On 15th January 2018, three years ago, the government implemented Schedule 10 of the Immigration Act 2016. This included a thorough overhaul of the previous system for bail accommodation for people being released from accommodation, with the repeal of section 4(1)(c) of the Immigration and Asylum Act 1999. It is now much more difficult for homeless detainees to access Home Office accommodation (for details see our briefing about the changes written in 2018). As a result of schedule 10, many more people have spent additional weeks or months in detention for no other reason than their lack of suitable accommodation; or have been released by the Home Office to the streets, potentially into destitution.
Schedule 10 has undermined the operation of the bail process. Homeless immigration detainees are able to apply for ‘bail in principle’ which, if granted, means that a judge agrees that the individual should be released, but release cannot take place until suitable release accommodation has been sourced. If this does not happen – in many cases due to Home Office inaction – the individual remains in detention. The number of people granted bail ‘in principle’ by an immigration judge has increased dramatically. Although the government does not store data on this, BID’s own figures (see table below) show that in the months leading up to 15th January 2018, 8.6% of grants of bail for our clients were ‘in principle’. Immediately after the implementation of schedule 10, this rose to 20.6%, and has continued to rise. Since 1st August 2020, 62.1% of grants of bail for BID clients have been ‘in principle’ and have not led to release.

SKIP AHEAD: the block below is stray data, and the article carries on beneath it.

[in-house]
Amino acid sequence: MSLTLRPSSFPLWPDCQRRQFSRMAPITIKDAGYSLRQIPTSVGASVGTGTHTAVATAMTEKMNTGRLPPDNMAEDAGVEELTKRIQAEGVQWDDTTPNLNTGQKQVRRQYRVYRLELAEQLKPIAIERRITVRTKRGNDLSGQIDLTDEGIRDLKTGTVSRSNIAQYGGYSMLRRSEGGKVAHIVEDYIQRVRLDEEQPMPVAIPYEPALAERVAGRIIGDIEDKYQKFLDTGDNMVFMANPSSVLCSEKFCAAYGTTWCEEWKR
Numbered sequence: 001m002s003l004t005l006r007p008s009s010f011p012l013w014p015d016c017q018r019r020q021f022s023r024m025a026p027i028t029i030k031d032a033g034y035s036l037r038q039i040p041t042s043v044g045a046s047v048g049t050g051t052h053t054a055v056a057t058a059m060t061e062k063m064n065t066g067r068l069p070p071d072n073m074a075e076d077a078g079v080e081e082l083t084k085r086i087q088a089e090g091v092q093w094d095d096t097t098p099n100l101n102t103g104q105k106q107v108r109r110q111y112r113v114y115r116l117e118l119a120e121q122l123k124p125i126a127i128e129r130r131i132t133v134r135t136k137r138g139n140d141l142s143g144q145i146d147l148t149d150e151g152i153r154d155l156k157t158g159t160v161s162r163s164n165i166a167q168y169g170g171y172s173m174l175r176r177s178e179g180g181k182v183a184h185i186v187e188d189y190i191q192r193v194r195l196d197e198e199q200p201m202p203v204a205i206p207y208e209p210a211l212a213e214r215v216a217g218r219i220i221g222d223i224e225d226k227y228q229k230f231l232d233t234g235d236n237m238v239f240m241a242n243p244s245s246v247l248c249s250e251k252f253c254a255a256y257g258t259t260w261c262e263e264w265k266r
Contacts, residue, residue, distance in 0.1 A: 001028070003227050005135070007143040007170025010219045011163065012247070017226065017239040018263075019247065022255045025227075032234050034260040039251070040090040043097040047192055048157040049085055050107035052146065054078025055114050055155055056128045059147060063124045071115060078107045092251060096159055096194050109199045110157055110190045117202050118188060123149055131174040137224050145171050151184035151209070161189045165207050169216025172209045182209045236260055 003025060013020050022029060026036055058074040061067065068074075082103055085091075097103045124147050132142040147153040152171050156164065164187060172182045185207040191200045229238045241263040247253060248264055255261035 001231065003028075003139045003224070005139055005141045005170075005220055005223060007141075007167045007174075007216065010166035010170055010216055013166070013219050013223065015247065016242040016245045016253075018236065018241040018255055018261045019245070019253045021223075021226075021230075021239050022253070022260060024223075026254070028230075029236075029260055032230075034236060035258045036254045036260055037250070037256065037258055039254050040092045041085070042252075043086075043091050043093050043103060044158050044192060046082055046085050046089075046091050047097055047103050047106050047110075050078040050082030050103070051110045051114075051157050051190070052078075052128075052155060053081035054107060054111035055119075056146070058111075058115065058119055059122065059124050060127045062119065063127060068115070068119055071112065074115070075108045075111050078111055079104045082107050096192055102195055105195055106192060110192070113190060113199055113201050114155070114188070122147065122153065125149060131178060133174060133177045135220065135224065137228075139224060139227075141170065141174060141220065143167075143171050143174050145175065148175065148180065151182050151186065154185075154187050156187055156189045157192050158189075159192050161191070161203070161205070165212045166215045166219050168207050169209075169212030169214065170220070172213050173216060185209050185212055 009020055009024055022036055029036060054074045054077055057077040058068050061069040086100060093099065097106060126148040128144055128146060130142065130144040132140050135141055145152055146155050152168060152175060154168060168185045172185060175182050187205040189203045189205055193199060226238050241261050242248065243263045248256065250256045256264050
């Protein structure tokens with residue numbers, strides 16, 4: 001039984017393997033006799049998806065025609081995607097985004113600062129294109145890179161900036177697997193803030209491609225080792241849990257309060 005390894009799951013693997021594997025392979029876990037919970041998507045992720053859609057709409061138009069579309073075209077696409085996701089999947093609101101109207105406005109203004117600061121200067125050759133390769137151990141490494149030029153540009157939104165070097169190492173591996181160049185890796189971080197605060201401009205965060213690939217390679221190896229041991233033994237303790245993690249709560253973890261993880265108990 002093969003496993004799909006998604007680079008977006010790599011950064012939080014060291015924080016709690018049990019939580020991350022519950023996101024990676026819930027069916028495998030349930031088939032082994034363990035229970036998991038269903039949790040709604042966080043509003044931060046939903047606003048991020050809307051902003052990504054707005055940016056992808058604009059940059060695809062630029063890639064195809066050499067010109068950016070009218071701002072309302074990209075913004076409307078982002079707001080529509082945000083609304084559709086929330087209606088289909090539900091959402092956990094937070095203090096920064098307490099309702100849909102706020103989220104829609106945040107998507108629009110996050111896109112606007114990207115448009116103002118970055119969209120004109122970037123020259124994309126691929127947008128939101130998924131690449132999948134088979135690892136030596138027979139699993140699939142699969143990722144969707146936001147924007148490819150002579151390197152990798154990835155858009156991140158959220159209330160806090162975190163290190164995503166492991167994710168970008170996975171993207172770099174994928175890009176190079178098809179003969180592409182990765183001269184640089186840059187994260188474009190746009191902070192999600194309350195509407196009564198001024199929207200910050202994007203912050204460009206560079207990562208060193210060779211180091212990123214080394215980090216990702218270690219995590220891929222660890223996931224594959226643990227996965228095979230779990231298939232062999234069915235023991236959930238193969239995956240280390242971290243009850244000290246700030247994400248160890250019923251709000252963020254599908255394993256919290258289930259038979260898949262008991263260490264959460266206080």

Schedule 10 has shifted power away from the judiciary and into the hands of the Home Office. Immigration Judges in the First-tier Tribunal now lack the power to ensure that detainees are released on bail. We are concerned about the ease with which the decision of independent immigration judges to grant bail can be frustrated by inaction on the part of the government. This puts the bail process effectively out of reach of many immigration detainees, and it is impossible to underestimate the frustration and suffering our clients are forced to undergo when they are finally granted bail by an immigration judge, only to languish in detention for many more months.
Figure 1: Grants of Bail in Principle for BID clients